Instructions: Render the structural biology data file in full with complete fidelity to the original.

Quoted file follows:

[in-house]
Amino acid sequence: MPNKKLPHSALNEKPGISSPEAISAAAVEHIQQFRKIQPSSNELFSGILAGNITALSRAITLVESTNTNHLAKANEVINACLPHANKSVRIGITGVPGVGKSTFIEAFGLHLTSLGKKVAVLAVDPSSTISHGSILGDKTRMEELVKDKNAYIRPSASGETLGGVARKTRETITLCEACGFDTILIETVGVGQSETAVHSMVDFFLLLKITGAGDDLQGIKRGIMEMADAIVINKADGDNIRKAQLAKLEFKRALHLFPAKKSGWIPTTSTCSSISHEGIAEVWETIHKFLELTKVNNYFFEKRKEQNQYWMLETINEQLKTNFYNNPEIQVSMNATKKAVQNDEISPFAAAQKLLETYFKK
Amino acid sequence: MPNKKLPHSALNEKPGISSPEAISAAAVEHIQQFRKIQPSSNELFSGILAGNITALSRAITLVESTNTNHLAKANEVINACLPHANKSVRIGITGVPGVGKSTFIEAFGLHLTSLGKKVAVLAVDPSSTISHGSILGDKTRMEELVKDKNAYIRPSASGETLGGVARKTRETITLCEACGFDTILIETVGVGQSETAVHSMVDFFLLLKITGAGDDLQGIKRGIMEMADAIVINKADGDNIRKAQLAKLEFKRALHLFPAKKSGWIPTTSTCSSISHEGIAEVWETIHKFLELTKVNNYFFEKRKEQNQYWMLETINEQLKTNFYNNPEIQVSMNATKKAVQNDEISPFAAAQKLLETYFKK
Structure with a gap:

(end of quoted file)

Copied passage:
[in-house]
Amino acid sequence: MPNKKLPHSALNEKPGISSPEAISAAAVEHIQQFRKIQPSSNELFSGILAGNITALSRAITLVESTNTNHLAKANEVINACLPHANKSVRIGITGVPGVGKSTFIEAFGLHLTSLGKKVAVLAVDPSSTISHGSILGDKTRMEELVKDKNAYIRPSASGETLGGVARKTRETITLCEACGFDTILIETVGVGQSETAVHSMVDFFLLLKITGAGDDLQGIKRGIMEMADAIVINKADGDNIRKAQLAKLEFKRALHLFPAKKSGWIPTTSTCSSISHEGIAEVWETIHKFLELTKVNNYFFEKRKEQNQYWMLETINEQLKTNFYNNPEIQVSMNATKKAVQNDEISPFAAAQKLLETYFKK
Amino acid sequence: MPNKKLPHSALNEKPGISSPEAISAAAVEHIQQFRKIQPSSNELFSGILAGNITALSRAITLVESTNTNHLAKANEVINACLPHANKSVRIGITGVPGVGKSTFIEAFGLHLTSLGKKVAVLAVDPSSTISHGSILGDKTRMEELVKDKNAYIRPSASGETLGGVARKTRETITLCEACGFDTILIETVGVGQSETAVHSMVDFFLLLKITGAGDDLQGIKRGIMEMADAIVINKADGDNIRKAQLAKLEFKRALHLFPAKKSGWIPTTSTCSSISHEGIAEVWETIHKFLELTKVNNYFFEKRKEQNQYWMLETINEQLKTNFYNNPEIQVSMNATKKAVQNDEISPFAAAQKLLETYFKK
Structure with a gap: